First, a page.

I remember hearing about this new local band in the early 90s called Smile. Turns out they weren’t from San Diego but rather a little over an hour north of us in Costa Mesa. Geographically there is a huge gap between Orange County/LA and San Diego due Camp Pendleton’s vast marine base along the coastline. In general this dividing line really keeps San Diego isolated from the cities to the north and vice versa. Smile trekked down to play the Casbah so many times that they were often mistaken for a “local band”. Good news for us, as we got to see them play again and again.
Smile’s first album was a noisy and heavy grunge feast. The band was tight and they played skillfully and with boundless energy. Seeing them play was mind-blowing, partly due to the slight demeanor of singer/guitarist Michael Rosas. They all were really young but had the musicianship from clearing both talent and hundreds of hours in the practice room. After a stint on Atlantic Records they started making a name outside of Southern California. Then they recorded their masterpiece: Girl Crushes Boy. Using producer Mark Trombino (Drive Like Jehu, Jimmy Eat World, Blink 182) they recorded an amazing collection of creative and well-written songs. The band’s material had really developed and they were playing better than ever. It was a little more 60’s garage influenced, using campy keyboard sounds and clever lyrics. scott Reeder’s drums continued to pound out a free-wheeling style a la Keith Moon / John Bonham. There was a clever sense of humor coupled with powerful, creative bombastic songwriting. Then nothing happened. And then they kept touring and working and… nothing happened. I’m not sure why that is. So Smile remained mostly unknown yet they had put out an amazing sophomore album. Eventually some members changed and the band broke up. Michael formed the great band Satisfaction and Scott found success playing with stoner rockers Fu Manchu. I had the pleasure to catch them recently on a reunion performance and it was great to hear these songs again. The reason for wiring about Smile is simply, they are great and maybe you missed them when you had the chance. If you haven’t heard Smile, check them out.
I felt it would be good to get the band’s perspective so I contacted Mr. Michael Rosas and caught up with him a bit.
MF: I was curious about the amount that Smile played down in San Diego. I can think back to so many shows at the Casbah in the 90s. I think some people didn’t even know that you weren’t a “local” band. Since you guys were located in Costa Mesa, was there something about San Diego that drew you more than driving the same distance up to LA? It seems like LA would have had more opportunities to play and promote the band.
MR: When Smile started, we were based out of the Tustin/Orange area in Orange County and we were doing a residency at the Doll Hut in Anaheim. From our perspective, there wasn’t a lot happening in Los Angeles. Orange County and San Diego seemed to have exciting indie music scenes at the time and we were hoping to get plugged into that. We became acquainted with Chris Fahey who was putting on most of the cool indie rock shows in Orange County. He was bringing all of the great San Diego bands to a Costa Mesa venue called Our House and he introduced us to fluf, Uncle Joe’s Big Ol Driver, Heavy Vegetable, etc. O from fluf was a huge supporter of Smile, early on. We had just released our first 7” and O took it to Headhunter Records and basically told them to sign us for an album deal and they did. From there, it was just natural that we would play San Diego often since our label was based there and most of the bands we were friends with were there. We were very well received by the San Diego music scene so we focused a lot of attention on playing there. San Diego seemed to have the best indie music scene anywhere at that time and Tim Mays was kind enough to book us at the Casbah regularly.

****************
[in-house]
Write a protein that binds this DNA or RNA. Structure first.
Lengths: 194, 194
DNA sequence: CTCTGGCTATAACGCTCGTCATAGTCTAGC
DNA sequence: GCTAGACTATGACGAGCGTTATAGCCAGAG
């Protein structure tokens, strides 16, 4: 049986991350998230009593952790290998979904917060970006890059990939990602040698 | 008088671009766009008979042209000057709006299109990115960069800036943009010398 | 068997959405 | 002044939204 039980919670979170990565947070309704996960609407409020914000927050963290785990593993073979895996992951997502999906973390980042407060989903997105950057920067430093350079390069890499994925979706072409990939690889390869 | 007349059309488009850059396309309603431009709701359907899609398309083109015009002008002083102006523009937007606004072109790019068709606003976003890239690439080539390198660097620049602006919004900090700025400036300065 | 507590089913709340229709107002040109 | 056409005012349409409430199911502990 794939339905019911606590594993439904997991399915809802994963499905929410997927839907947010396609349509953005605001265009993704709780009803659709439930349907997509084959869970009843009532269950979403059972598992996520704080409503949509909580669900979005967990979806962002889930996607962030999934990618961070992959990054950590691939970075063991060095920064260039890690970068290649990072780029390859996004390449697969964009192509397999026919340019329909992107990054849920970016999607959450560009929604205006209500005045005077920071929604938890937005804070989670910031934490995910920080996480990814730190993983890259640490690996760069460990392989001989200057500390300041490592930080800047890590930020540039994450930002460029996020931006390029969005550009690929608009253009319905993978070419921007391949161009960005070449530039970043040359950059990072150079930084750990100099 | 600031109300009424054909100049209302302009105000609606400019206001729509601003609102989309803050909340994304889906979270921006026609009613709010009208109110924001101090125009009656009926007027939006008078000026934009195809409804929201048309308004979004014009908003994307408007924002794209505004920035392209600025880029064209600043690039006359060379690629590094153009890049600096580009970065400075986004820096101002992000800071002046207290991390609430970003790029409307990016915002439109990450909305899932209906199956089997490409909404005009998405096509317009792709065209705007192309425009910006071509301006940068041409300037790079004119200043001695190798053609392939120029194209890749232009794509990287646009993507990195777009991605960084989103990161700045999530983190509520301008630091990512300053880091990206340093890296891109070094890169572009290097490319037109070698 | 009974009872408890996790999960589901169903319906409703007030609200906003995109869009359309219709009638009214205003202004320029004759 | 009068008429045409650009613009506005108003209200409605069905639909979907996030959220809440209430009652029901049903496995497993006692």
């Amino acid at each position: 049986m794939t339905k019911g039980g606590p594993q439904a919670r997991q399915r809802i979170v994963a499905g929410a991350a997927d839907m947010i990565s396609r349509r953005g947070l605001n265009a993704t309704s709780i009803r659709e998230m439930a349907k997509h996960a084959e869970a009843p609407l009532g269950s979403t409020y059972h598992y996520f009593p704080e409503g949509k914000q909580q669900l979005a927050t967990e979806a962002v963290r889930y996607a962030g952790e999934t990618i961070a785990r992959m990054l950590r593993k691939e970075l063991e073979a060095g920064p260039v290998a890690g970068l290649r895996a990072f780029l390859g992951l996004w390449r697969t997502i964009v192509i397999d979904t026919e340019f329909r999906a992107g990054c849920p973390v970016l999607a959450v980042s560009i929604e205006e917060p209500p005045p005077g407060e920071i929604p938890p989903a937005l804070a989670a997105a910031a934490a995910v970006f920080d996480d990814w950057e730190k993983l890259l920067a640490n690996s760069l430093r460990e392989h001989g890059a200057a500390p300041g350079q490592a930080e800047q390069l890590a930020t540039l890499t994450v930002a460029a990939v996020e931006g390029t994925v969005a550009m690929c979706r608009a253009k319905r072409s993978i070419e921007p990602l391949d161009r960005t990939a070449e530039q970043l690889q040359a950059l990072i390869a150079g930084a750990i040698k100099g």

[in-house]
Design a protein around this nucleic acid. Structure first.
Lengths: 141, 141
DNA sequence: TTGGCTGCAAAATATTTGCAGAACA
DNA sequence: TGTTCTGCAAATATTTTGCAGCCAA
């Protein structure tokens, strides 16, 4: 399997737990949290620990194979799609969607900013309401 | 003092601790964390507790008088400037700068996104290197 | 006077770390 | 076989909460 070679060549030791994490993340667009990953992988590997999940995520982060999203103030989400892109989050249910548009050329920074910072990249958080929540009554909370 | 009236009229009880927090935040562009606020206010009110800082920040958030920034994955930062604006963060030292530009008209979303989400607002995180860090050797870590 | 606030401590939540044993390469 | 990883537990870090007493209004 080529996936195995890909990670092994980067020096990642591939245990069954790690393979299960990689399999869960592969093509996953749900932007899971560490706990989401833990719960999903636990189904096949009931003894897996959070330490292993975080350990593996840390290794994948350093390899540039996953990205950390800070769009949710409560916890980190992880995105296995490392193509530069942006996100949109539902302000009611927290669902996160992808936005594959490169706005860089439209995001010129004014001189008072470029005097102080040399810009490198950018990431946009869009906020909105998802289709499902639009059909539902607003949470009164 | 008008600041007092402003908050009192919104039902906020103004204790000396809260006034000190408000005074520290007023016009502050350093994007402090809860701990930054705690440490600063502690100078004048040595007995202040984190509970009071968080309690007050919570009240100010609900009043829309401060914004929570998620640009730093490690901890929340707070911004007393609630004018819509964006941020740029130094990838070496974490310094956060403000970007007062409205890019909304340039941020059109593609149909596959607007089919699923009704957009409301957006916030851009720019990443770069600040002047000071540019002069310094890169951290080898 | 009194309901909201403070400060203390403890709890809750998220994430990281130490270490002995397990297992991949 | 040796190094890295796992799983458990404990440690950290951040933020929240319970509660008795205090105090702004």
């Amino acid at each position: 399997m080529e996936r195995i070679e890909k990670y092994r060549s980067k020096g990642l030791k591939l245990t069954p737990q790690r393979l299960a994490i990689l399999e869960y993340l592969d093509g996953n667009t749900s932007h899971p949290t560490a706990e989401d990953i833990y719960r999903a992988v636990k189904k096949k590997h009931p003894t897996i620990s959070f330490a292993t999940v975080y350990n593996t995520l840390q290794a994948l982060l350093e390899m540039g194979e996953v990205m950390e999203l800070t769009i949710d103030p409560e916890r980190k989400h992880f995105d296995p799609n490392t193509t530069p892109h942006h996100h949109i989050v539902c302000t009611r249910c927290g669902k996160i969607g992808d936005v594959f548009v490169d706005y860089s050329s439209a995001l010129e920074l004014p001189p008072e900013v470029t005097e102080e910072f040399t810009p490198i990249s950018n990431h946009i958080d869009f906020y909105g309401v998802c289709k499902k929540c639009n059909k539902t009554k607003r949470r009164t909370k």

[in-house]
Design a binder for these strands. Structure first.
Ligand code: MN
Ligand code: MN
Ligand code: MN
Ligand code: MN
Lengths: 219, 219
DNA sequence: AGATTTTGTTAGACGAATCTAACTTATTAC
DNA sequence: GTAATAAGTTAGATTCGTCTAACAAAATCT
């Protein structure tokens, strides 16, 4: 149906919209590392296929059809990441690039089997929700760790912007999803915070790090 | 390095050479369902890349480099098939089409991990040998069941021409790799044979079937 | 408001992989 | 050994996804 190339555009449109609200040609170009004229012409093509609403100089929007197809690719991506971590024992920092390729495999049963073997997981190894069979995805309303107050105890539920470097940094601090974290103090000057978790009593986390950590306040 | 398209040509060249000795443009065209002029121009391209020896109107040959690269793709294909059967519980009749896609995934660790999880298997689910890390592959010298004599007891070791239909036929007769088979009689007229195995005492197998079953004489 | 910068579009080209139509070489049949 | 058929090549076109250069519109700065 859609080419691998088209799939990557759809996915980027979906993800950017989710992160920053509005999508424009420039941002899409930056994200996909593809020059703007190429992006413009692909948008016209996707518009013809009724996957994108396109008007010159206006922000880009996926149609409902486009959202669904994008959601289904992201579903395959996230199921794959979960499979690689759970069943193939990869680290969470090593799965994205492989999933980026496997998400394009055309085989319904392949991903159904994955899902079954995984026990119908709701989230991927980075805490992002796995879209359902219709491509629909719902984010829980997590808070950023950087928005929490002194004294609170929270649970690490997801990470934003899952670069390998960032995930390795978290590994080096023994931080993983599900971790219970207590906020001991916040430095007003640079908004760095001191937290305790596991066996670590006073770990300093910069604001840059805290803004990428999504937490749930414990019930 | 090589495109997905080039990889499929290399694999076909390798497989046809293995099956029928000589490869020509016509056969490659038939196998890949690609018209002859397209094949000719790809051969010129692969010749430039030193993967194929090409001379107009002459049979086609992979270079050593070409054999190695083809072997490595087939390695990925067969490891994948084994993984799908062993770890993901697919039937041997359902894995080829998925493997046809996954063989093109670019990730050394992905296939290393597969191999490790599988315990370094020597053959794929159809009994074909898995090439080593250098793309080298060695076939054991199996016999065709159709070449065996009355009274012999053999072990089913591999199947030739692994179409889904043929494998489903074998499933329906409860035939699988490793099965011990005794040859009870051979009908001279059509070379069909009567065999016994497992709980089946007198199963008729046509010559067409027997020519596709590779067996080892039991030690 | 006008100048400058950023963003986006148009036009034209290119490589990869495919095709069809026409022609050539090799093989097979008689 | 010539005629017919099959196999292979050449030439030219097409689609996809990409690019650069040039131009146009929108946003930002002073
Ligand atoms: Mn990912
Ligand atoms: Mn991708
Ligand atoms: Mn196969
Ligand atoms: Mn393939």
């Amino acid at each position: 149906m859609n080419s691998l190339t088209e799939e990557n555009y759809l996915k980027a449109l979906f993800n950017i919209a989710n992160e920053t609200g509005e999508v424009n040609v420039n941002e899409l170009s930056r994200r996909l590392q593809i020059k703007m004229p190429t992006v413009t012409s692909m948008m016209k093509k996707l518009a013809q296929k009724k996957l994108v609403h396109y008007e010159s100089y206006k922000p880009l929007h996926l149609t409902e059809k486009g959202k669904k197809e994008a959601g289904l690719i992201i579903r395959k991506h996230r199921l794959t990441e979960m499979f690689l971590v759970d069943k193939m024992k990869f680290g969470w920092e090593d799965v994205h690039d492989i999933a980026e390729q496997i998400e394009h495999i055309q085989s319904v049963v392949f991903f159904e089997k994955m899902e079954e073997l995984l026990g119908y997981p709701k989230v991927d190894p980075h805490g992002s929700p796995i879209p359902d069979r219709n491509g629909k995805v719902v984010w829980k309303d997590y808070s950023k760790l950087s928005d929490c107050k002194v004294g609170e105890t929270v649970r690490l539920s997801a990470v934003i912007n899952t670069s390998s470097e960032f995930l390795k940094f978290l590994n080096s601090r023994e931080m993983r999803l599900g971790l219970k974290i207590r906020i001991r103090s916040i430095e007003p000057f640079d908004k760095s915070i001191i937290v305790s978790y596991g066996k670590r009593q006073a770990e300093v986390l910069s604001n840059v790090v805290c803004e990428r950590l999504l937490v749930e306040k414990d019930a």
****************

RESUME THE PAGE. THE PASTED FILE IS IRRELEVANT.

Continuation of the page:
MF: Were you all friends growing up or did you find each other through the music scene in your area?
MR: Aaron Sonnenberg and I met in high school. We played in a hardcore band called Headfirst for a few years and became great friends. He was the only bass player that I really knew and it was natural that I’d want to play with him when it was time to start a new band after high school. Our musical interests were totally aligned at that time. Smile started with Headfirst drummer Kevin Murphy who was also playing guitar with Farside and 411. Shortly after Kevin moved on, Aaron and I met Scott Reeder by placing a ‘Drummer Wanted” ad in the Recycler. I wish I had a copy of that ad.
MF: Although I really loved the debut LP Maquee, Girl Crushes Boy is my favorite. The song writing seemed to develop far beyond the first record. There were more complexities and the songs had a wider variety though out the album. Was there something that inspired the shift in the band’s sound?
MR: The songs and sound of Maquee came together very quickly without a whole lot of thought. Our individual influences were very different but we connected with a basic formula – we wanted to rock hard and weird like the Melvins, have cool songs with as much personality as a band like Descendents and we hoped to have the depth and prowess of classic bands like Pink Floyd.